A panel at the 2018 Kratos Global Users Conference. Photo: Kratos
High Throughput Satellite (HTS) systems have brought unprecedented flexibility and bandwidth to the marketplace, but the new capability comes at a price: increased network complexity that will require innovation on the ground to manage effectively without breaking the bank.
HTS satellites, which have been deployed in increasing numbers in recent years, feature multiple spot beams that can be created, removed, or redirected at any time by commands from the ground, enabling highly efficient use and reuse of bandwidth. While this allows operators to respond quickly to shifting demand and better serve emerging markets such as mobility, it vastly complicates the job of network managers responsible for everything from satellite control and signal monitoring, to service tracking and customer billing.
Compounding the HTS challenge is the arrival of large constellations of satellites in lower orbits, which can complement traditional Geostationary Orbit (GEO) satellites, but have their own unique set of operating requirements. Some of the world’s major satellite operators are looking to more closely integrate the two types of systems in the years ahead.
At a recent user conference sponsored by Kratos, industry officials welcomed the full-scale arrival of HTS as a boon to the industry. But these officials also said that, based on experience to date, the ground has some catching up to do.
“If you’re having to manage bigger and more complex networks, what you can’t do is allow your operations costs to grow proportionally with the size of your networks,” said Stuart Daughtridge, vice president of advanced technology at Kratos. “The bottom line is you’ve got to be able to … manage more networks for less money than you had in the past.”
Operators are adapting by introducing more automation, virtualizing ground stations and shifting more functionality to cloud-based servers, according to Daughtridge and other speakers at the conference. One of the more basic challenges is allocating limited uplink resources between commands to the satellite and to its dynamic payload.
Tobias Nassif, general manager of the satellite control center Viasat, said uplink time devoted to satellite station-keeping and other maintenance is a time that cannot be used to reconfigure the payload in response to shifting demand. Operators thus face a tradeoff between necessary housekeeping and revenue generation, he said, suggesting that these tasks might require their own separate uplink channels.
During a panel discussion, officials representing satellite manufacturers, operators and ground system providers said a broader challenge is simply managing the sheer volume of tasks in the HTS environment.
“Automation is probably going to be one of the key elements you’re going to want to look at in a high throughput satellite,” said Tom Leisgang, technical director of ground systems mission engineering and operations at manufacturer SSL, a division of Maxar Technologies.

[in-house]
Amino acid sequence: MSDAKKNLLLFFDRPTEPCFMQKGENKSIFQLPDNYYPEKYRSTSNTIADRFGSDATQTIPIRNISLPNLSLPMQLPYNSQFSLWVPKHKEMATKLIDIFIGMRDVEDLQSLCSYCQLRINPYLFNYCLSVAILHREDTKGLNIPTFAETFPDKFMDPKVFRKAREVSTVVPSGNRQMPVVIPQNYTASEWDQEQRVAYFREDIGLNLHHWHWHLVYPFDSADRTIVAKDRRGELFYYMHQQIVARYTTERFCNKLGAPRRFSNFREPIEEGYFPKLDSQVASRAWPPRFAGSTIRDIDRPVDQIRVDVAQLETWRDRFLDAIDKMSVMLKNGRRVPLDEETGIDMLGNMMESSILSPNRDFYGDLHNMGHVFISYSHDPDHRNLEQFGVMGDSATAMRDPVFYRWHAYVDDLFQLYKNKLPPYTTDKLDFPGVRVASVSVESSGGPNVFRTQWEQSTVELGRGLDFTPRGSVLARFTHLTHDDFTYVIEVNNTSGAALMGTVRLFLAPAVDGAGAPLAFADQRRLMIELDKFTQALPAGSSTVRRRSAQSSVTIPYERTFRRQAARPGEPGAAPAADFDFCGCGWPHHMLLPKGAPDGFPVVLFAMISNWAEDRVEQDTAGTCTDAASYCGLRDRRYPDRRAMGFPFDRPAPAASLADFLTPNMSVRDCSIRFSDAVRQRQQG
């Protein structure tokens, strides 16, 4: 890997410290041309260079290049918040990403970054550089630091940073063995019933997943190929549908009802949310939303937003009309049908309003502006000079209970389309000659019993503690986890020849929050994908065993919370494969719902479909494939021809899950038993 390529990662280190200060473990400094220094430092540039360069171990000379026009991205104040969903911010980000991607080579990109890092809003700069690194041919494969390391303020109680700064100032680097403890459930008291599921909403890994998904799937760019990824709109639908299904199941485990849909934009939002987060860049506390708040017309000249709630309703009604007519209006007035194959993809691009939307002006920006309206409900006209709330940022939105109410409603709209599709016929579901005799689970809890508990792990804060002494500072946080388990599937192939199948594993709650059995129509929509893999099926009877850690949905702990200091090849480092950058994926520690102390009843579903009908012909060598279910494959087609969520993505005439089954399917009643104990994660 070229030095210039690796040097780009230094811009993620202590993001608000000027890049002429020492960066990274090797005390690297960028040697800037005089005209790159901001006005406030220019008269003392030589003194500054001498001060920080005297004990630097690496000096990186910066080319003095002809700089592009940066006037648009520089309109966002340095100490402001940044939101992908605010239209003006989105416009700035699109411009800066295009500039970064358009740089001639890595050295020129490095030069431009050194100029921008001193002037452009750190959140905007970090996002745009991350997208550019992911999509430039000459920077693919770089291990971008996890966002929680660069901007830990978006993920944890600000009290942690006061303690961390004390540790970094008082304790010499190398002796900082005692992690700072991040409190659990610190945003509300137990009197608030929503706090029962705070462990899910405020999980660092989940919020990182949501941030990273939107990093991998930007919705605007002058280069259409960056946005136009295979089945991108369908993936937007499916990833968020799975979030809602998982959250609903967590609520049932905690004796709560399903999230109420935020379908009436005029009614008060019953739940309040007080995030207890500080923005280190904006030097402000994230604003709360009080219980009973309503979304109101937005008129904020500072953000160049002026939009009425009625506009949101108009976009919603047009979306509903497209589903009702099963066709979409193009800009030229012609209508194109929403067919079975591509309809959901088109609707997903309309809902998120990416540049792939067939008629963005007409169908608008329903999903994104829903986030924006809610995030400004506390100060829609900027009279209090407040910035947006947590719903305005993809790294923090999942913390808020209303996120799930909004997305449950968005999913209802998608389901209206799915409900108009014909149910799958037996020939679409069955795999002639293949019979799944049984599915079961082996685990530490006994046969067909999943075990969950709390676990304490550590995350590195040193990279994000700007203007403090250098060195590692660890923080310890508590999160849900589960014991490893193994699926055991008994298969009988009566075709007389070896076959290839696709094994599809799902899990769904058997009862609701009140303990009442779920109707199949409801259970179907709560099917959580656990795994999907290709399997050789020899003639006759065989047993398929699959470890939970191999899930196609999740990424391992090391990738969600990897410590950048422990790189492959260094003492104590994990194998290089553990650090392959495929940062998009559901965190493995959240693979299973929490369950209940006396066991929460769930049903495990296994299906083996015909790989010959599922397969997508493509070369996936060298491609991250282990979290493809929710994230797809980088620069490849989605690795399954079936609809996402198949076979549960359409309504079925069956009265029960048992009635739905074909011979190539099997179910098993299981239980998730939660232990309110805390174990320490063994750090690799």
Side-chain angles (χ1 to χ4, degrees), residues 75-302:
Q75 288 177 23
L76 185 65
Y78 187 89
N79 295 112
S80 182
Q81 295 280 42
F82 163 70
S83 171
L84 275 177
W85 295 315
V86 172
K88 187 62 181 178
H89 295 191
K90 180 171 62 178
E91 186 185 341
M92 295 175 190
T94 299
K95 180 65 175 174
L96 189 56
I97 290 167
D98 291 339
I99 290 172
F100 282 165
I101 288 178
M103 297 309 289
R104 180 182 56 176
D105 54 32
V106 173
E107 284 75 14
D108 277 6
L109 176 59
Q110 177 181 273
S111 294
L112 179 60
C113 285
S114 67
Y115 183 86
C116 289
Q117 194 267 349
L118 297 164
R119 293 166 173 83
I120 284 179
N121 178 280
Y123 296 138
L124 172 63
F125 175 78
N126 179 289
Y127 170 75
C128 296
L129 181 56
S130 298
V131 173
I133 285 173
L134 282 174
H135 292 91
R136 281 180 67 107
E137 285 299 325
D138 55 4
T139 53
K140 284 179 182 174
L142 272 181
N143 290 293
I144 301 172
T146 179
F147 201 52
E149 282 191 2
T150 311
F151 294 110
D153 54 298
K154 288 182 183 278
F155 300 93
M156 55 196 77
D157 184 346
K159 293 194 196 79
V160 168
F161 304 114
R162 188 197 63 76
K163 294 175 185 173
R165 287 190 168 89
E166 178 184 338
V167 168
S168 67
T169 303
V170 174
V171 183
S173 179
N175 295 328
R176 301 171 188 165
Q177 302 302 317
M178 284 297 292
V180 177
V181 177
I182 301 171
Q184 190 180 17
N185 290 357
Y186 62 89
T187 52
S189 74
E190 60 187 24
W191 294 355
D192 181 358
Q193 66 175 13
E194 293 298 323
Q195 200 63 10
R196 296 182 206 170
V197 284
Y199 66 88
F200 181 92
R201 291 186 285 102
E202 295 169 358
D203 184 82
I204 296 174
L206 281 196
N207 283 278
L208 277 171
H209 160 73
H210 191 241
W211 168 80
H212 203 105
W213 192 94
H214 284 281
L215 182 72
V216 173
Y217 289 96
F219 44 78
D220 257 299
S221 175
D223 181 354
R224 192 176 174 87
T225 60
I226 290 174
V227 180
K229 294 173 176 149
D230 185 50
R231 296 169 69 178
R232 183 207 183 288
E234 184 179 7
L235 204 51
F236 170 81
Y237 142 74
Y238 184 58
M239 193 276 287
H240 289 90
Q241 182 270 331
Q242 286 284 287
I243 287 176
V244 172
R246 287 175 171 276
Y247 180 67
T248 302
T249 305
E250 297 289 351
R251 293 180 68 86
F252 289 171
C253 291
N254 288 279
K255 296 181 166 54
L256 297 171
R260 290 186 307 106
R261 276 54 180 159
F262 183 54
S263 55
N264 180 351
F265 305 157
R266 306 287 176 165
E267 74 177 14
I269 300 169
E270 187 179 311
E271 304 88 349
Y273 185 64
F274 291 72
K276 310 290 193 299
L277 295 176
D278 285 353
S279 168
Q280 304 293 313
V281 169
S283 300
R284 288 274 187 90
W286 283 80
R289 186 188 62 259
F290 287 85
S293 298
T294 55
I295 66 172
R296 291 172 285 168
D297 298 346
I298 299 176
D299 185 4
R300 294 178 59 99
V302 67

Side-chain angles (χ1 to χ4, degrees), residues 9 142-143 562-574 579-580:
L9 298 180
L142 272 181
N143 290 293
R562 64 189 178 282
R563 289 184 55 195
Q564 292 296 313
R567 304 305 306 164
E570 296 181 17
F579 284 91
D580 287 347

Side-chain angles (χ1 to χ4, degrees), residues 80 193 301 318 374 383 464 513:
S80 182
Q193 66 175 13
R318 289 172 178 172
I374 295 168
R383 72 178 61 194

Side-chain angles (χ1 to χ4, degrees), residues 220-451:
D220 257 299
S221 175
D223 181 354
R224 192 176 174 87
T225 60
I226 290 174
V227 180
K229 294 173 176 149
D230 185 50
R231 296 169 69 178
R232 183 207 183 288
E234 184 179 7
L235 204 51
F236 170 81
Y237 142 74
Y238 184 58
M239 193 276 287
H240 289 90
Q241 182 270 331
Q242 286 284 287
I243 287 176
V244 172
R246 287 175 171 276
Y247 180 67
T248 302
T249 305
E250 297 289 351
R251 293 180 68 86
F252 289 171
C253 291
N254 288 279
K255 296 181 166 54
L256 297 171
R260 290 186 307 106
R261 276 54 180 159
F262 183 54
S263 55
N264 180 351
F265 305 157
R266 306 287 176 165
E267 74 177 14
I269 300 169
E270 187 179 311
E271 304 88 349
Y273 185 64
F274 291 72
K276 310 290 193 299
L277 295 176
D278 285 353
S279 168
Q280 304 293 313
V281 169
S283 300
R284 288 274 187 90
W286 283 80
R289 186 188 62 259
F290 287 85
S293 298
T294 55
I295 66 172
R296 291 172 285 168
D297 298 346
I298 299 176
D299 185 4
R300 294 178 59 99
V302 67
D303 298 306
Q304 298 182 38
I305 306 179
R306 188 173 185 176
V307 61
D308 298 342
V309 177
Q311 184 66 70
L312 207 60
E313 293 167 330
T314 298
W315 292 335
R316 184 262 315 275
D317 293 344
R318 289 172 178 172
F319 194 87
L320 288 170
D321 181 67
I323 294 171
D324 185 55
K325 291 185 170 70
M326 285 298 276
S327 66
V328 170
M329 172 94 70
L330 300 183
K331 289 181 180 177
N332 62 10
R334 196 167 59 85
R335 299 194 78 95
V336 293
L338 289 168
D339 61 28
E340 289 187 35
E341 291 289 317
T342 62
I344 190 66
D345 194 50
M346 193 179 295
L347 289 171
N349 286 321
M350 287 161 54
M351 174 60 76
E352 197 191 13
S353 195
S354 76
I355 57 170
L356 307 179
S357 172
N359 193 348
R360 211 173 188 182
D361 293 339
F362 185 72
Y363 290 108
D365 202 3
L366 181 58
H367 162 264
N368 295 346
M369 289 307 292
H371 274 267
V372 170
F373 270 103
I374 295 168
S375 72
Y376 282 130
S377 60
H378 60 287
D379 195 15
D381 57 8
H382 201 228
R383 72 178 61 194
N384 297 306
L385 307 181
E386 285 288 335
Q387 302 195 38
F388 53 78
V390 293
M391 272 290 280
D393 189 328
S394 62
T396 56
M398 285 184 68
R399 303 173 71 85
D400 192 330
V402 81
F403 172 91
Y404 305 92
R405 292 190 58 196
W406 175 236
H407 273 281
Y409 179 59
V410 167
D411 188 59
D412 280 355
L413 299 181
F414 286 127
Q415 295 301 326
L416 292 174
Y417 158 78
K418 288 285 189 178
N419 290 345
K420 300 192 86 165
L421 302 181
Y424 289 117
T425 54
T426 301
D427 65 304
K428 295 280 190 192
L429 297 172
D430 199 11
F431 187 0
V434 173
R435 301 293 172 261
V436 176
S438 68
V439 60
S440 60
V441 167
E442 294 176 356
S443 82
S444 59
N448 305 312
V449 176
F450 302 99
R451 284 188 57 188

For SES, the introduction of HTS has led to a “huge, huge increase in scale” driven in part by increased interactions with customers, particularly those using the bandwidth for challenging applications such as aeronautical communications, said Steve Cooper, vice president of product line management and connect services at SES Networks.
SES has the added challenge of integrating a growing constellation of Medium Earth Orbit (MEO) satellites, which require steerable ground-based antennas to track and communicate with each one as it passes from horizon to horizon. “That’s a whole lot of moving parts that need to be kept in sync, so that’s one of the bigger challenges we’re seeing,” Cooper said.
To save on infrastructure costs, companies also are, to different degrees, shifting data storage and other functions to cloud-based servers like Amazon Web Services, which are reliable, secure, and attractively priced. The panelists said they anticipate using a mix of public and private cloud-based services in the future, depending on the sensitivity of the application.
Meanwhile, the dynamic HTS signal environment — with spot beams being constantly redirected — complicates the task of mitigating interference, the panelists said. Whether inadvertent or deliberate, signal interference must be identified and geo-located before it can be addressed.
A growing HTS fleet has forced SES to double its network ground-based systems used to monitor satellite signal integrity, Cooper said. The recently launched SES 12 and upcoming SES 17 satellites will require even more signal-monitoring infrastructure, he added.
Bob Potter, vice president of signals and ground systems technology at Kratos, said the interference identification and geolocation issues can be addressed in part by technologies including the capability aboard some satellites to briefly but regularly sample incoming signals for integrity. This information can then be sent to a centralized location for detailed analysis, he said.
Emerging “big data” analytics technology also will come into play as operators seek to get the most out of their HTS satellites. Nassif said operators could use big data analytics to anticipate shifts and surges in demand, and react accordingly. “The more you know, the more you’re able to understand what situation you’re in, the better you can be proactive rather than reactive,” he said.